In the part of the basin that was used by the commercial port, the existence and name of three piers is known, for their position, however, many different opinions have been supported by historical topographers of Piraeus (Mazarakis-Ainian Ph., 1992, p. 75) while it has also been supported that they all are the same construction (Panagos Ch.Th., 1968, p. 218). They are the "Dia mesou choma", the"Choma" and the "Diazeugma" (fig.5).
The "Dia mesou choma " was probably the pier that was constructed for the junction of the two sides of the marshy area. The "choma" was a quay in the deepest recess of the gulf (which can probably be identified with the mole that extends today from the wharf in the area of Karaiskaki square) and was used for the inspection of the fleet. Finally, the "Diazeugma was probably the partition element of the central commercial wharf.
The discharging of the ships was done at several points of the commercial port, according to the category of the merchandise and the destination that corresponded to each portico of the wharf. Due to their small size the vessels were able to be in contact with the wharf in order to be charged, while mechanical means - for which there is no exact information - must have been used for the grater loads.
Warehouses - Commercial porticoes
In the area of Emporion it is believed that there were five porticoes (Panagos Ch.Th., 1968, p. 224) that were used for mercantile exchange as well as for storage. Their position their form and their number has been a question among the researchers of Piraeus, while the latest excavation results form a more consistent image of their layout (Steinhauer, G.A., 2000,p.83-84). Among them was the famous "Makra Stoa" that was built during Periklis? time and served as the grain market, the "Deigma", the business center that was used for the exhibition of sample of the imported merchandise as well as the place that housed all the banks. The position of "Makra Stoa" is now believed to be at the northern end of "Emporion" (at the corner of Posidonos Coast and Gounary street) while that of "Deigma" is placed in the center of "Emporion" according to an inscription found in site (Judeich, 1931, p.448).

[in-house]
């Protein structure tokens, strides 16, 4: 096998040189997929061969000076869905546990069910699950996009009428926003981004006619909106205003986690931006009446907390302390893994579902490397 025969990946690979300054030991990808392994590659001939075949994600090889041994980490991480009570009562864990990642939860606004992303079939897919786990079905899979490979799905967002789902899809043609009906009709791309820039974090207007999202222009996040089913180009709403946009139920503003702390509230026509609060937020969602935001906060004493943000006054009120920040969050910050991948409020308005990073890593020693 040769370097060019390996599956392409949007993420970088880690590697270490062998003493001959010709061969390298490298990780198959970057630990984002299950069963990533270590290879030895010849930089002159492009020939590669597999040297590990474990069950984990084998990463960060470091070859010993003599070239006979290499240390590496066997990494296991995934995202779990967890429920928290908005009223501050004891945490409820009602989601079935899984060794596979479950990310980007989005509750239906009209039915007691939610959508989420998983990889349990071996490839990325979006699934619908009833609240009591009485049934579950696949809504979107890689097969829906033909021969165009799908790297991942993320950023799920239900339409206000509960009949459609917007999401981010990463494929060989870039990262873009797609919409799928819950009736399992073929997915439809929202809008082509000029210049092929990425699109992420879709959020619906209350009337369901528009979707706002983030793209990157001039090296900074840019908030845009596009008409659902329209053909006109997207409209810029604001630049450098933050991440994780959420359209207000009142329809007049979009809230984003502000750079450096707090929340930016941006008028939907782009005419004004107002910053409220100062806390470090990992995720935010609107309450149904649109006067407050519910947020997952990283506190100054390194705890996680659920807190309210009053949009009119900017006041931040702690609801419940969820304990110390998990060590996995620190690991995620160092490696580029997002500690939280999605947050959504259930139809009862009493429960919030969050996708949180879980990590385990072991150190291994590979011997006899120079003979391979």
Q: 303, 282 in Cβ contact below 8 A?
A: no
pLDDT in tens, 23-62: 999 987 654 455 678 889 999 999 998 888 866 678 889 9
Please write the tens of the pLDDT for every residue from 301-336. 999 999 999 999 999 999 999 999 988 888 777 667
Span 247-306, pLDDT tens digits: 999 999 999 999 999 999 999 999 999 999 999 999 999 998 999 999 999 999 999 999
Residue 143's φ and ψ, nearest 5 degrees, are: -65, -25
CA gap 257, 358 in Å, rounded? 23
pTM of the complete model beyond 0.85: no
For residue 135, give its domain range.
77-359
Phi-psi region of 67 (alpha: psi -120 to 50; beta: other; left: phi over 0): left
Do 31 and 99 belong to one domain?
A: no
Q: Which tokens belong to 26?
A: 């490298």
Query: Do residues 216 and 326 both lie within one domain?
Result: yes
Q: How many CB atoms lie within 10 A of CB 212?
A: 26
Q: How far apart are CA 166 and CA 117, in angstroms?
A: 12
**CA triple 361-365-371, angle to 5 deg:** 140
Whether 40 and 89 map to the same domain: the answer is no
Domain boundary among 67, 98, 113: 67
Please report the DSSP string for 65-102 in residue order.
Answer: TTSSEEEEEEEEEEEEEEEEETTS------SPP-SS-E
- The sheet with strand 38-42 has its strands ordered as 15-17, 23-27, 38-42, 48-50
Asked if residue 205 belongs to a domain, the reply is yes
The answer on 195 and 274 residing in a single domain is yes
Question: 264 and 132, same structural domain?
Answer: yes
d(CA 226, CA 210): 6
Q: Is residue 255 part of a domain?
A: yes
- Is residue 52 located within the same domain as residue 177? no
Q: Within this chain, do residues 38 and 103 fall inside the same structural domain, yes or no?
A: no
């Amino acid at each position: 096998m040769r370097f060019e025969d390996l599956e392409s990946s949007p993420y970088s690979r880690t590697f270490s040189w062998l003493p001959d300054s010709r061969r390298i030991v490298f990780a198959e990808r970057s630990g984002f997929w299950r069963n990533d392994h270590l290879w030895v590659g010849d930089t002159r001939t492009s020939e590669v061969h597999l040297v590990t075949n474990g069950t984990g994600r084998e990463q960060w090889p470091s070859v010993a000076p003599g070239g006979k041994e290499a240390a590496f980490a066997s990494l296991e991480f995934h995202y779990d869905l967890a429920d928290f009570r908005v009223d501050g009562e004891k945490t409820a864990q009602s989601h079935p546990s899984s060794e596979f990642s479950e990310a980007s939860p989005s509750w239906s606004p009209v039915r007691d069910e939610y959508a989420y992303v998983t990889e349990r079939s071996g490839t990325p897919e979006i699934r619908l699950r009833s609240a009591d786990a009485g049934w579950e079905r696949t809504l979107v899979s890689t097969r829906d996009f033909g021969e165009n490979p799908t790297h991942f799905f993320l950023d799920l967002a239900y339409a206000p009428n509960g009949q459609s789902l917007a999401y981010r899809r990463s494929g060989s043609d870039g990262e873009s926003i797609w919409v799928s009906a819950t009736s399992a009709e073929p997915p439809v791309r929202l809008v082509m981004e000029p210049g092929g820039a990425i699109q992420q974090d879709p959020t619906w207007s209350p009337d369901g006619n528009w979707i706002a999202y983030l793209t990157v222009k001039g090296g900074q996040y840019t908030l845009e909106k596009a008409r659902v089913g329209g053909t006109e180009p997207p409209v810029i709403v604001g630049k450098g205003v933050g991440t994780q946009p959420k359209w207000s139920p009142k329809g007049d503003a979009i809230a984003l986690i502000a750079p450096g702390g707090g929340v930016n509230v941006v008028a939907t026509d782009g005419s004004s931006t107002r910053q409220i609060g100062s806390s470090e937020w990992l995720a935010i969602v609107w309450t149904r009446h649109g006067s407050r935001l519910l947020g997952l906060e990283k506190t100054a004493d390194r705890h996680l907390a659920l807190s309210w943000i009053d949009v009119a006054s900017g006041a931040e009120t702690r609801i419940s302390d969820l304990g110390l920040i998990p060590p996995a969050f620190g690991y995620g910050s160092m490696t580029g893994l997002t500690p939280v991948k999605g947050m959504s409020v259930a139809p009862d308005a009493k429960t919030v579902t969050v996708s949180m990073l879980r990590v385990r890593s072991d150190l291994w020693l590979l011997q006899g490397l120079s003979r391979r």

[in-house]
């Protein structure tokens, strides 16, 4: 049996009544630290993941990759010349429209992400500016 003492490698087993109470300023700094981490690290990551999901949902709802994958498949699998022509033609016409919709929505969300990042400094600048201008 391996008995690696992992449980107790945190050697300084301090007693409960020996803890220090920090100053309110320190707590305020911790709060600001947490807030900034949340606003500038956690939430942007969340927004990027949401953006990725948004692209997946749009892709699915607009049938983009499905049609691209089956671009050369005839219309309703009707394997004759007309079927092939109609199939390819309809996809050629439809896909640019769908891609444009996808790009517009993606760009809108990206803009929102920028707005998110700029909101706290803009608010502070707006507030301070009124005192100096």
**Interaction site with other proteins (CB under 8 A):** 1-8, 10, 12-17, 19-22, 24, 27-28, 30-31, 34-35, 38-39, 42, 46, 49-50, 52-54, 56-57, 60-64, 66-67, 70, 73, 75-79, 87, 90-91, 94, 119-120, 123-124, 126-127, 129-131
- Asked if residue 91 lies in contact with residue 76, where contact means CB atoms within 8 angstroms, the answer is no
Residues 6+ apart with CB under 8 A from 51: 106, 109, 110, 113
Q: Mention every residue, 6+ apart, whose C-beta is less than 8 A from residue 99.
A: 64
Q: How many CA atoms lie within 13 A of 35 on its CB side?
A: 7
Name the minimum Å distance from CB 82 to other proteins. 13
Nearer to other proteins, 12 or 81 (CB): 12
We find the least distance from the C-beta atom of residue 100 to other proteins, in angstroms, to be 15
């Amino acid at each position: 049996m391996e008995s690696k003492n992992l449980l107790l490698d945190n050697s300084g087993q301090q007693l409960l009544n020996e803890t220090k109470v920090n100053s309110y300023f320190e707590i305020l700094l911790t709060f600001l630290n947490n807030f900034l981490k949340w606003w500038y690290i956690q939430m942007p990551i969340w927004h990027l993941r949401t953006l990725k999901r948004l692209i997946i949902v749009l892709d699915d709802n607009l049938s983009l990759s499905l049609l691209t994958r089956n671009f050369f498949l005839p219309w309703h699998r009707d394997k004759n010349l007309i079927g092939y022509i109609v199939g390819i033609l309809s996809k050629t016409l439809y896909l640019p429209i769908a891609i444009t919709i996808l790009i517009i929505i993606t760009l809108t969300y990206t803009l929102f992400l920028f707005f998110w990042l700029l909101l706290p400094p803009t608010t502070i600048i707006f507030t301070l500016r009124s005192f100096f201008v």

The discovery of parts of the foundations from three of the porticoes of "Emporion" (Notara st, Philonos st, Miaouli Coast and Bouboulinas st) allow in some degree the reconstitution of the ancient coastline (fig.9), according to which (Steinhauer, G.A., 1995,p.313) the layout of the porticoes does not follow the Hippodamian web of the ancient city that enclosures the harbour ? as it was suggested by the maps of Kaupert-Milchhofer (1889), Judeich (1930), Trauvlos (1969) and Hoepfner ? Schwander (1986, 1994). The inclined axis of the of the three verified porticoes prove that the best reconstitution of the ancient coastline is given by the Venetian map of 1687 (Sofou, H., 1973, p246-258, fig.112-113).
The semicircular arrangement of the porticoes on either side of the "Diazeugma" and the adaptation of such an arrangement to the city?s Hippodameian plan points to the formation of an enclosure around the area of the "Emporion" (Steinhauer, G.A., 2000,p.91). The existence of the enclosure is noted on Judeich?s map (fig.10) with a length of 80m and foundations of such walls have been discovered near one of the porticoes (Dragatsis portico) and further north.
This text is cited Aug 2005 from the R.G.Z.M. Roman-Germanic Central Museum URL below.